2. PAUL'S DEFENCE BEFORE FESTUS AND AGRIPPA.

I THINK myself happy, King Agrippa, because I shall answer for myself this day before thee, touching all the things whereof I am accused of the Jews; especially because I know thee to be expert in all customs and questions which are among the Jews; wherefore I beseech thee to hear me patiently.

My manner of life from my youth, which was at the first among mine" own Nation at Jerusalem, know all the Jews; which knew me from the beginning, if they would testify, that after the most straitest sect of our religion, I lived a Pharisee. And now I stand and am judged for the hope of the promise made of God unto our fathers; unto which promise our twelve tribes, instantly serving God day and night, hope to come. For which hope's sake, King Agrippa, I am accused of the Jews. Why should it be thought a thing incredible with you,

that God should raise the dead? I verily thought with myself, that I ought to do many things contrary to the name of Jesus of Nazareth ; which thing I also did in Jerusalem ; and many of the saints did I shut up in prison, having received authority from the chief priests; and when they were put to death, I gave my voice against them. And I punished them oft in every synagogue, and compelled them to blaspheme; and being exceedingly mad against them, I persecuted them even unto strange cities.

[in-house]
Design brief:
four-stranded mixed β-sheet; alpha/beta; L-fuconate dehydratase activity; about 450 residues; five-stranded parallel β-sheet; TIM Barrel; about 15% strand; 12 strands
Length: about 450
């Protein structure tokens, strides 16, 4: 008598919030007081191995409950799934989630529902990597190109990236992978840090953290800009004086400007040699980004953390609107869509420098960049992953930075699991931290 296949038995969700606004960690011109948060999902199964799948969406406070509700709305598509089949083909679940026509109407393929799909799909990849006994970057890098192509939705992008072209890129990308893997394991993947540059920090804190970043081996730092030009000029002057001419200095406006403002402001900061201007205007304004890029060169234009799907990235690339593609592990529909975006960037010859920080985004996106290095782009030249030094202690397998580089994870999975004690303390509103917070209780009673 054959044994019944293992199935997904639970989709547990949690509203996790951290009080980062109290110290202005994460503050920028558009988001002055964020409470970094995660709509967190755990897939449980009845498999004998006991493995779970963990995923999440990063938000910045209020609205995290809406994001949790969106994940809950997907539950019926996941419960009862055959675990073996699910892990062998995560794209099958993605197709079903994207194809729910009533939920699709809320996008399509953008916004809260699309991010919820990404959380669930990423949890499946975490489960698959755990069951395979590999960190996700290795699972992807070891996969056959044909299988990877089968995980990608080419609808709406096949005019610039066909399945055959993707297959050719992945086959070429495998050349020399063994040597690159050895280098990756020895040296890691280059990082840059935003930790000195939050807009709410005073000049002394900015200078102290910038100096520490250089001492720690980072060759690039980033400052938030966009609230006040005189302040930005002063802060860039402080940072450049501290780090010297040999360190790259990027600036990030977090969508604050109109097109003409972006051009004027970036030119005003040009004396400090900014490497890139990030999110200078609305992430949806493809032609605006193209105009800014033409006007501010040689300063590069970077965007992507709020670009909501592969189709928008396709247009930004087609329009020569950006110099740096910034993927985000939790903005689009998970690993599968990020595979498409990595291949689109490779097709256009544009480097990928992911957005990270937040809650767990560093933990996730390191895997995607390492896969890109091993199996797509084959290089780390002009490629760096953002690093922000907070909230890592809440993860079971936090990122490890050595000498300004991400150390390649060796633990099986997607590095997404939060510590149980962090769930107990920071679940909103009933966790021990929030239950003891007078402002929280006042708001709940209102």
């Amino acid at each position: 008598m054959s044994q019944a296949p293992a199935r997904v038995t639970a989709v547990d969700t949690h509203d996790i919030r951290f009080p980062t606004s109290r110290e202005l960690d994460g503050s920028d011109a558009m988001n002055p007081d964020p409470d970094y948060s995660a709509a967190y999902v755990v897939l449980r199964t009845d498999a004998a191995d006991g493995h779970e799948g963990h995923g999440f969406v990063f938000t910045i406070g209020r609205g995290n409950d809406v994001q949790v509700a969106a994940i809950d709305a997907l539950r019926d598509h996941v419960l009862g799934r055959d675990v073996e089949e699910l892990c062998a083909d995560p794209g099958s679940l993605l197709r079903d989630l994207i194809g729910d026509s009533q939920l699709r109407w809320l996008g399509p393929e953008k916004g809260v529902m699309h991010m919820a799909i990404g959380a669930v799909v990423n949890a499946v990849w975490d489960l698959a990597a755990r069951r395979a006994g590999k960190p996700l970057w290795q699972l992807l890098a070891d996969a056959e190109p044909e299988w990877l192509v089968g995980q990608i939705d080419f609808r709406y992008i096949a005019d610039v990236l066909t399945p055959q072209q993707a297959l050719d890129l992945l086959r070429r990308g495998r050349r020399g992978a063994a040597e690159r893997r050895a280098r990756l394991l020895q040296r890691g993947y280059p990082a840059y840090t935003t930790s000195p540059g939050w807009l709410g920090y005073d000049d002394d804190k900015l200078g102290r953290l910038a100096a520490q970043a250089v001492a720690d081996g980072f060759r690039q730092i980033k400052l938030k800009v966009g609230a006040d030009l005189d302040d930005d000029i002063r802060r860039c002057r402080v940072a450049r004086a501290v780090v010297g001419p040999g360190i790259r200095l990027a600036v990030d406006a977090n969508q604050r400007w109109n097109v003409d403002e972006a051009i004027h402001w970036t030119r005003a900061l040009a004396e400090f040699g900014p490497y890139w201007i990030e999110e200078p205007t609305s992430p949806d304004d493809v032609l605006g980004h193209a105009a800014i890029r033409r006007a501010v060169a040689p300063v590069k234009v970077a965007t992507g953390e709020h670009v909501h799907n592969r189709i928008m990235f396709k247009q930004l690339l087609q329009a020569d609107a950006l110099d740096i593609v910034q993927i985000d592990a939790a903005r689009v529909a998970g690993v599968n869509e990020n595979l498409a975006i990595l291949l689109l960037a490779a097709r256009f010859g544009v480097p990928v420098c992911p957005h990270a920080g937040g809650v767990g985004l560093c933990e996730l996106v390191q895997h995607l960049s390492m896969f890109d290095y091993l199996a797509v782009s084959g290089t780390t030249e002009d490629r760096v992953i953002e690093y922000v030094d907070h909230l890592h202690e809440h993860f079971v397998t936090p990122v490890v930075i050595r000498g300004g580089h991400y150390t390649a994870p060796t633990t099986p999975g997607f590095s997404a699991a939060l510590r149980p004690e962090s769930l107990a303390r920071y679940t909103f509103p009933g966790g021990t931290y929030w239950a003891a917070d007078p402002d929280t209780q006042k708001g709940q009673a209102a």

Whereupon, as I went to Damascus, with authority and commission from the chief priests, at mid-day, 0 King! I saw in the way a light from Heaven, above the brightness of the sun, shining round about me, and them which journeyed with me. And when we were all fallen to the earth, I heard a voice speaking unto me, and saying, in the Hebrew tongue, “Saul, Saul, why persecutest thou me? It is hard for thee to kick against the goads." And I said, “ Who art thou, Lord ?” And he said, “ I am Jesus, whom thou persecutest ; but rise, and stand upon thy feet; for I have appeared unto thee for this purpose, to make thee a minister and a witness, both of these things which thou hast seen, and of those things in the which I will appear unto thee; delivering thee from the People, and from the Gentiles, unto whom now I send thee, to open their eyes, and to turn them from darkness to light, and from the power of Satan unto God; that they may receive forgiveness of sins, and inheritance among them which are sanctified by faith that is in me.”

Whereupon, 0 King Agrippa ! I was not disobedient unto the heavenly vision ; but showed first unto them of Damascus and at Jerusalem, and throughout all the coasts of Judæa, and then to the Gentiles, that they should repent and turn to God, and do works meet for repentance. For these causes the Jews caught me in the temple, and went about to kill me. Having, therefore, obtained help of God, I continue unto this day, witnessing both to small and great, saying none other things than those which the prophets and Moses did say